The same Web sites created as places for candid talk about local news and politics are also hubs of unsubstantiated gossip, stirring widespread resentment in communities where ties run deep, memories run long and anonymity is something of a novel concept.
By way of explanation, Sulzberger quotes Professor Christian Sandvig of the University of Illinois, who has studied rural use of social media:
Something about rural culture seems to make people want to have conversations in public.
Using Internet sites such as those hosted by Topix, rural residents can have those conversations anonymously, thus defying the everyone-knows-everyone constraints long associated with small towns. Sulzberger colorfully observes that while "online negativity seems to dissipate naturally in a large city, it often grates like steel wool in a small town where insults are not easily forgotten." He again focuses on the rural-urban distinction with this comment:
Topix, a site lightly trafficked in cities, enjoys a dedicated and growing following across the Ozarks, Appalachia and much of the rural South, establishing an unexpected niche in communities of a few hundred or few thousand people — particularly in what Chris Tolles, Topix’s chief executive, calls “the feud states.”
Sulzberger goes on to use as an example of such a place Pikeville, Kentucky, population 6,361, once the stomping grounds of the Hatfields and McCoys. (The "feud" reference reminds me of Jim Webb's book on the Scots-Irish, Born Fighting, and Joe Bageant's characterization of white working-class rural folks as "warmongering.") Another Kentucky community, Hyden, has a population of under 500, but had 107 simultaneous users on the Hyden Topix forum one day this month.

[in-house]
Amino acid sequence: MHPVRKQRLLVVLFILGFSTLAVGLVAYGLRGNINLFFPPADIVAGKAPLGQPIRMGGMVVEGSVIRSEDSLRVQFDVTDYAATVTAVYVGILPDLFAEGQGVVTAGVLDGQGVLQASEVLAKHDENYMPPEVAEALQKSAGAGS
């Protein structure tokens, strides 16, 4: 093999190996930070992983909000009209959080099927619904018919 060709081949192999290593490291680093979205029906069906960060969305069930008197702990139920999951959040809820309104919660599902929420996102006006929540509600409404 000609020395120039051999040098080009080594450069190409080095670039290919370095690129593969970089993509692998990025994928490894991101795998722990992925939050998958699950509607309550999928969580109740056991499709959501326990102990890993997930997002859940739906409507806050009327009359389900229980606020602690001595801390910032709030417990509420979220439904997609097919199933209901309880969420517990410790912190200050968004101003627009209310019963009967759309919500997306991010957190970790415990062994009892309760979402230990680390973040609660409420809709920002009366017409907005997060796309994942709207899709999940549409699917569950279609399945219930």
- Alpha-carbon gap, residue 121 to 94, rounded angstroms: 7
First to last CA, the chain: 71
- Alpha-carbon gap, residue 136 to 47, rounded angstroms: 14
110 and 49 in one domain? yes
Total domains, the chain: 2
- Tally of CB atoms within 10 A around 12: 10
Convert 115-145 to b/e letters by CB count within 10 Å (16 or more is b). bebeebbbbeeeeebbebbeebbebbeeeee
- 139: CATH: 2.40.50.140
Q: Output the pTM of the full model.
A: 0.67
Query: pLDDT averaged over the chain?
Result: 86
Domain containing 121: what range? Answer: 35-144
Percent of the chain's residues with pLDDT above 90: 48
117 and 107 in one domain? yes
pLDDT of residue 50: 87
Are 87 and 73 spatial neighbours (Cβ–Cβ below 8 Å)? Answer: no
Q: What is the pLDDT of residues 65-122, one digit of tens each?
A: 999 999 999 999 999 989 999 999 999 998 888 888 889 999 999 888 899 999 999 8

Topix does not require commentators to identify themselves, and it even permits the same user to claim a different alias for each post. Topix does, however, make some effort to remove comments that are "obvious[ly]" defamatory, and it automatically screens out comments that feature racial slurs and such. Topix had previously required payment for expedited review of allegedly libelous content, but it ceased that practice after the attorneys general from 30 states challenged it. As a forum, Topix is immune from liability for defamation, but individual commentators in the forum could be liable, if identified. The company reported that it receives about one subpoena a day for the computer addresses of anonymous commentators. Not surprisingly, however, many who feel aggrieved by gossip on the service don't have the wherewithal to sue. They may thus find themselves stuck with whatever new reputation fellow townspeople have endowed them.